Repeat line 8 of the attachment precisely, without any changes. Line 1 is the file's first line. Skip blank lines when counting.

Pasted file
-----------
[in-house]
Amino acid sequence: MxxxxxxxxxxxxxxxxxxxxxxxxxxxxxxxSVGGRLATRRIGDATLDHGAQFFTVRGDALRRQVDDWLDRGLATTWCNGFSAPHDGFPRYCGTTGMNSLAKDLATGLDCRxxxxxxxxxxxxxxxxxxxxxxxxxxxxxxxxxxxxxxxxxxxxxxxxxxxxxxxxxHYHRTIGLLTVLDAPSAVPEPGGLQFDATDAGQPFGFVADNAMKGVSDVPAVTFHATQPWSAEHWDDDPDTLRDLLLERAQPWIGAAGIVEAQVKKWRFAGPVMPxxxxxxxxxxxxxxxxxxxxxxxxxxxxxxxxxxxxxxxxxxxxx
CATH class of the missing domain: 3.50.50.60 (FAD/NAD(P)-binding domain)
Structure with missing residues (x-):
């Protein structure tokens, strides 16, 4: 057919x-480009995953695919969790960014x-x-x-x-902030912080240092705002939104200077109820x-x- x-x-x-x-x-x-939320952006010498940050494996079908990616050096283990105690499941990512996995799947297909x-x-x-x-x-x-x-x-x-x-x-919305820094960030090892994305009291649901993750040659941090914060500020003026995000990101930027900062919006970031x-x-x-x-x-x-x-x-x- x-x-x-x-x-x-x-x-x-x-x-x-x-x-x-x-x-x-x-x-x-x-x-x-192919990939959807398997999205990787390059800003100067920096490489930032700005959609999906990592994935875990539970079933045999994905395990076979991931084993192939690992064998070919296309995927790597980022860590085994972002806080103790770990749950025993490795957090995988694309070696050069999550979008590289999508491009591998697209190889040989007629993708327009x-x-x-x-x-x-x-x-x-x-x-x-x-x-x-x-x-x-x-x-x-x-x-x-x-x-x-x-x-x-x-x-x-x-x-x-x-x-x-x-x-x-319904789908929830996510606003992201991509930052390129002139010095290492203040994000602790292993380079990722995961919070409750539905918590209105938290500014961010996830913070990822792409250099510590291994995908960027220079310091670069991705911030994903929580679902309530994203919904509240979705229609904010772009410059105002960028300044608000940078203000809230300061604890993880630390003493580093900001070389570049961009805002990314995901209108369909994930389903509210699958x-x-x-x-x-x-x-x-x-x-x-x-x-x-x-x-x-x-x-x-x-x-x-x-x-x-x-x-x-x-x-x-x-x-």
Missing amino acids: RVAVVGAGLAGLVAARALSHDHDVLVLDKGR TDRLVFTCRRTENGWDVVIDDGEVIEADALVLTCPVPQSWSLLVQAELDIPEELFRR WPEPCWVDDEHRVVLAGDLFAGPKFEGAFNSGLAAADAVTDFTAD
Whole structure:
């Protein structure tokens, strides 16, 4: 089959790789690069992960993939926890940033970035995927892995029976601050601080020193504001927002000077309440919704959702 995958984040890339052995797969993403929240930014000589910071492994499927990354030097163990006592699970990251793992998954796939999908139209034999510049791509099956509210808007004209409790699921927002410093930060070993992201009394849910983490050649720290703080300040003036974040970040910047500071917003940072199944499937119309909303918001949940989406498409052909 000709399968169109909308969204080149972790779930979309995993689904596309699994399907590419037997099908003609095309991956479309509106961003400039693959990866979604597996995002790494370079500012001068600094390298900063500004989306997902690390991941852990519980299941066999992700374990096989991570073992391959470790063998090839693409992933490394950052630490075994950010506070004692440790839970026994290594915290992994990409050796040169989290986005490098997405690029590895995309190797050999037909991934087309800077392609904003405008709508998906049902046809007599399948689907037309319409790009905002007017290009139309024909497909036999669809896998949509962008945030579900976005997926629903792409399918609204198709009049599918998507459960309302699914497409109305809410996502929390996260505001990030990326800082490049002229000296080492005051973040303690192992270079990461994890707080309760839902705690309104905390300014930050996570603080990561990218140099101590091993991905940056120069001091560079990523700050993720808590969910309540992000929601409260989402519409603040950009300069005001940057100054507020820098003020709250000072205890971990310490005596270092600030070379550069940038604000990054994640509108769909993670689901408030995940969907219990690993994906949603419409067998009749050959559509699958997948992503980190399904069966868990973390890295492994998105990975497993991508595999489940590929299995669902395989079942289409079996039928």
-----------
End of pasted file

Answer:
């Protein structure tokens, strides 16, 4: 089959790789690069992960993939926890940033970035995927892995029976601050601080020193504001927002000077309440919704959702 995958984040890339052995797969993403929240930014000589910071492994499927990354030097163990006592699970990251793992998954796939999908139209034999510049791509099956509210808007004209409790699921927002410093930060070993992201009394849910983490050649720290703080300040003036974040970040910047500071917003940072199944499937119309909303918001949940989406498409052909 000709399968169109909308969204080149972790779930979309995993689904596309699994399907590419037997099908003609095309991956479309509106961003400039693959990866979604597996995002790494370079500012001068600094390298900063500004989306997902690390991941852990519980299941066999992700374990096989991570073992391959470790063998090839693409992933490394950052630490075994950010506070004692440790839970026994290594915290992994990409050796040169989290986005490098997405690029590895995309190797050999037909991934087309800077392609904003405008709508998906049902046809007599399948689907037309319409790009905002007017290009139309024909497909036999669809896998949509962008945030579900976005997926629903792409399918609204198709009049599918998507459960309302699914497409109305809410996502929390996260505001990030990326800082490049002229000296080492005051973040303690192992270079990461994890707080309760839902705690309104905390300014930050996570603080990561990218140099101590091993991905940056120069001091560079990523700050993720808590969910309540992000929601409260989402519409603040950009300069005001940057100054507020820098003020709250000072205890971990310490005596270092600030070379550069940038604000990054994640509108769909993670689901408030995940969907219990690993994906949603419409067998009749050959559509699958997948992503980190399904069966868990973390890295492994998105990975497993991508595999489940590929299995669902395989079942289409079996039928």